Joe M. Nathan

Highest WPA – 4/26 v. KC, entered 0-0 tie and pitched two scoreless innings
Lowest WPA – 4/15 v. TB, entered 4-4 tie, allowed hits to the first three batters and took the loss, allowing two runs.

Other than back-to-back rough outings against Tampa Bay, Joe Nathan has been very good this year. Of course, we’ve come to expect nothing less. Nathan’s numbers aren’t quite what we are used to however. Opposing batters are hitting .320/.370/.420 against him including .345/.367/.414 with runners on base. When entering with a lead (8 games) Nathan has only allowed one run and racked up 36.7 WPA, compared to -37.6 WPA in the other 4 games.

Obviously, I’d like to see Nathan’s WHIP come down some, but overall, as long as he continues to be lights out with the lead, I’ll be happy. The other concerning stat I came across is that Nathan has thrown by far the most pitches of any of the relievers (222, next closest was 195 by Neshek in the same amount of innings) so that will definitely be something to watch for going forward.
Ray’s Grade: B

Matt O. Guerrier

Highest WPA – 4/26 vs. KC, entered a 0-0 tie with runners on 2nd and 3rd with 2 out. He retired the first batter he faced, and added two more scoreless innings.
Lowest WPA – 4/20 @ KC, entered with Twins trailing 7-6. Allowed a homerun in his first inning, then allowed the first two batters to reach (single, hit by pitch) in his second. Rincon and Reyes allowed both of those runners to score.

Guerrier has been the surprise of the bullpen thus far this season. Originally expected to be an innings eater, he’s pitched so well that we’ve started to see him in more important situations. In contrast to Joe Nathan’s 18.0 pitches per inning, Guerrier has breezed through his appearances at 12.5 P/IP. Matt has the second highest WPA of the Twins bullpen, and has not allowed any of his six inherited runners to score (including 4/18 @ Sea, when he entered with the bases loaded and one out and got out of it with a strikeout and a flyout).

Essentially Guerrier has done everything asked of him. He has a higher WXRL than Reyes, Rincon, and Crain despite having a much lower leverage index. That WXRL is due to nothing more than excellent pitching. He has the lowest WHIP of the relievers and he has finished every inning except the one outing in Kansas City.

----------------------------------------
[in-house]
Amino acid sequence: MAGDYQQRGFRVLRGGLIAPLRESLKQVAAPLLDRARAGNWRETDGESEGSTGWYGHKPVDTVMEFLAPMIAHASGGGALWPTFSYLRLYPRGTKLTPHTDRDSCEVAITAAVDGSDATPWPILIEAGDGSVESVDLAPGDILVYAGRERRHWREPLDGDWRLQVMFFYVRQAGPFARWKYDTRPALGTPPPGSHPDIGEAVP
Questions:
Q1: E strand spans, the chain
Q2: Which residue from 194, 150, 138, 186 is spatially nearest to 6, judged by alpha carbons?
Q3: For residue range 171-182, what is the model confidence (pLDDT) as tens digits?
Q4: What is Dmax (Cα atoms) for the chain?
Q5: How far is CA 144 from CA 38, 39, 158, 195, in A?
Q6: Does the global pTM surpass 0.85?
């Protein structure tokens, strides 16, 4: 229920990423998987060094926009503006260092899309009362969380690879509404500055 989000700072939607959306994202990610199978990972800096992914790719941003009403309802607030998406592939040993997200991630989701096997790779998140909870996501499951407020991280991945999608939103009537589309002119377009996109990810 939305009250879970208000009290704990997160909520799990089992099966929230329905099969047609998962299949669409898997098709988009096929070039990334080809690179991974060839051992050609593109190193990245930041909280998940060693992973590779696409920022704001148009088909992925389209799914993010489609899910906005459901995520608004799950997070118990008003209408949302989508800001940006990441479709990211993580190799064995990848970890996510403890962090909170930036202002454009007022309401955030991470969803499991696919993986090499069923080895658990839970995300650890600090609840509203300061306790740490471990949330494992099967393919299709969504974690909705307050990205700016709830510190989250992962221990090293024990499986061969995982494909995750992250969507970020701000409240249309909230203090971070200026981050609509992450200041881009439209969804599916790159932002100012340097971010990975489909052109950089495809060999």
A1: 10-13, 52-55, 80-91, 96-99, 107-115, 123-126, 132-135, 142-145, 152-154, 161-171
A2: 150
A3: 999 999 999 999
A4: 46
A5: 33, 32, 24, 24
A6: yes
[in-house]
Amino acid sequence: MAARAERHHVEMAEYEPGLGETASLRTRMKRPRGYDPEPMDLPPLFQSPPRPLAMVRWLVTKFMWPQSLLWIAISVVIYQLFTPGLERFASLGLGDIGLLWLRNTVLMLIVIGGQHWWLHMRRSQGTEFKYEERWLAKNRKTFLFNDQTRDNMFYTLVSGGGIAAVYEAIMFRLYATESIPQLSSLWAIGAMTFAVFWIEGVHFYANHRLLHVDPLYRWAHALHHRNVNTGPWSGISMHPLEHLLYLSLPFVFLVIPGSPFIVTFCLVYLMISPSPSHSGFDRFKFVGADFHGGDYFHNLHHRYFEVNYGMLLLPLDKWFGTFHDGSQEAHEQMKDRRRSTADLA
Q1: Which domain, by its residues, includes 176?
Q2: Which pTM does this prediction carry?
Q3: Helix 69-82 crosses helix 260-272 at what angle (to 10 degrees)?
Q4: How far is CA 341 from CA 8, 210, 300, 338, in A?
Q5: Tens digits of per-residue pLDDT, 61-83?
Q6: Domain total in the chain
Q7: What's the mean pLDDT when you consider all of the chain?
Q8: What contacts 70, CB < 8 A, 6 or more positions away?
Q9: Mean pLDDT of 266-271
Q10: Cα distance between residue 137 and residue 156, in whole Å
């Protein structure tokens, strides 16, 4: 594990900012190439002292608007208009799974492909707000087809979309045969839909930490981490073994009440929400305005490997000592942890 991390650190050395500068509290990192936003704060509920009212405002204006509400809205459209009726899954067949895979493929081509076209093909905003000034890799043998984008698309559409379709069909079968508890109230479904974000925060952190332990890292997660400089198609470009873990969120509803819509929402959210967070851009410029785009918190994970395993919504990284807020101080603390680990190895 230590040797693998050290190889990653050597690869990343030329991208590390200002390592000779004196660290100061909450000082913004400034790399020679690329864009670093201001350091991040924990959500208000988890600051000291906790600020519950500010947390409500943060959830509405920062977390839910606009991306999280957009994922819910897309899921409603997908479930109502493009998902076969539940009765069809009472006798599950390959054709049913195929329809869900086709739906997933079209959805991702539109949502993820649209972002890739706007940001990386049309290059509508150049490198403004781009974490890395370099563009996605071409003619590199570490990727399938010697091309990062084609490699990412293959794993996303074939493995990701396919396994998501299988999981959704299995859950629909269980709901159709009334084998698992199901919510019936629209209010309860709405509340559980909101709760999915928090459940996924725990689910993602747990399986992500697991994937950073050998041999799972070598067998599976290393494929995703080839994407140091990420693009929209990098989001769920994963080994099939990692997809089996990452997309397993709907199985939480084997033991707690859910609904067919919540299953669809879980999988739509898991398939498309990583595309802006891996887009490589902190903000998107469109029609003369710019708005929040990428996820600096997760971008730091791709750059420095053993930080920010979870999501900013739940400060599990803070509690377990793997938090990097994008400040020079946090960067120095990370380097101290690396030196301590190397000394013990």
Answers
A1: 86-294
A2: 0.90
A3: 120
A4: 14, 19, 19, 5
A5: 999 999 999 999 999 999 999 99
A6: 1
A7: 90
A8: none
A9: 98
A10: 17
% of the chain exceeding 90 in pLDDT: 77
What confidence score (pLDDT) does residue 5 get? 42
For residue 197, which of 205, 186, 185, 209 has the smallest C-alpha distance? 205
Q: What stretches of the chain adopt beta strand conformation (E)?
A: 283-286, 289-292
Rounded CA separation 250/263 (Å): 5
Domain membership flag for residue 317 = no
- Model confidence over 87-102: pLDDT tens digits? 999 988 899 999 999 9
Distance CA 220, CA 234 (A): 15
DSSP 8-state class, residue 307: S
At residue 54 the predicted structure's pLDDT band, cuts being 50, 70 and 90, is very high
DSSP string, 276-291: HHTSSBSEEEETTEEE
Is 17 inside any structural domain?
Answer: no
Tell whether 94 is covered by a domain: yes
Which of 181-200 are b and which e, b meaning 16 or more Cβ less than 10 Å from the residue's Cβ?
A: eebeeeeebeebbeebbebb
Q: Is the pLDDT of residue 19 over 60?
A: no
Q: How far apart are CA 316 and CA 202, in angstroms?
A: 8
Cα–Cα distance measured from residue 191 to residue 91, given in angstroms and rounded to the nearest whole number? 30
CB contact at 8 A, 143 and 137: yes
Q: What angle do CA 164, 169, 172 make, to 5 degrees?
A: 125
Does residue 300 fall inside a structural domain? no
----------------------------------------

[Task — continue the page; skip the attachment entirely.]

Ray’s Grade: B+

Dennys V. Reyes

Highest WPA – 4/12 v. TB, entered with the Twins leading 2-0 with a runner on second with 2 out. Reyes retired the only batter he faced with a strikeout.
Lowest WPA – 4/18 @ Sea, entered with the Twins leading 5-3 with runners on first and second with 1 out. Reyes loaded the bases with a single to the only batter he faced. Matt Guerrier came in and got out of the jam (see above).

Reyes has not been good. It’s not fair to compare to his numbers last year, because that was a career year for almost any reliever, but regardless, he has had 3 outings where he didn’t record an out, and 12 of 15 outings he’s allowed a runner to reach base. The rest of the bullpen has inherited 17 runners from Dennys and only allowed one to score. On the plus side, while Dennys was on the mound he hasn’t allowed any of his 8 inherited runners to score.

His WHIP is outrageous, but perhaps more disturbing is the performance of Reyes against the first batter he faced in his appearances. They are hitting .500/.600/.833! This is not what you want to see from someone who comes out of the bullpen usually with the purpose of getting one or two batters.
Ray’s Grade: F

Glen W. Perkins

Highest WPA – 4/23 v. Cle, entered trailing 3-0. Pitched 2.1 scoreless innings as the Twins tied the game.
Lowest WPA – 4/20 v. KC, entered trailing 5-4 with a runner on first and 1 out. He allowed that runner to score as well as one more, giving up 3 hits and a walk.

Perkins hasn’t pitched poorly, but he certainly hasn’t wowed anyone either. His WXRL and leverage tell the story, Glen Perkins has been a replacement level pitcher, used in situations that call for a replacement level pitcher. He has walked a batter in five of his six outings, which is something that needs to change for Perkins to become an effective pitcher.
Ray’s Grade: C

Those are my grades. Seth, over at Seth Speaks, has also assigned grades to all the Twins players for April, including the bullpen. Here’s how my grades stack up with his. The weighted GPA (4.0 scale) takes into account the number of innings pitched and the leverage index so that those who pitched more innings in pressure situations have grades that count for more.

PITCHER Ray’s Grade Seth’s Grades
Jesse A. Crain C- D
Pat J. Neshek A- A-
Juan M. Rincon B- B+
Joe M. Nathan B C+
Matt O. Guerrier B+ B+
Dennys V. Reyes F F
Glen W. Perkins C C-
Bullpen GPA 2.33 2.19
Weighted GPA 2.58 2.40

So, the overall grade for the bullpen thus far is a C+/B-. That seems a little bit low given that this is still viewed as one of the best bullpens in the majors. Perhaps it’s an indication of the high expectations that come along with the previous success of this bullpen. Anyway, those are my thoughts on the Twins bullpen. Where do you disagree? Was I too harsh? too lenient? Let me know in the comments.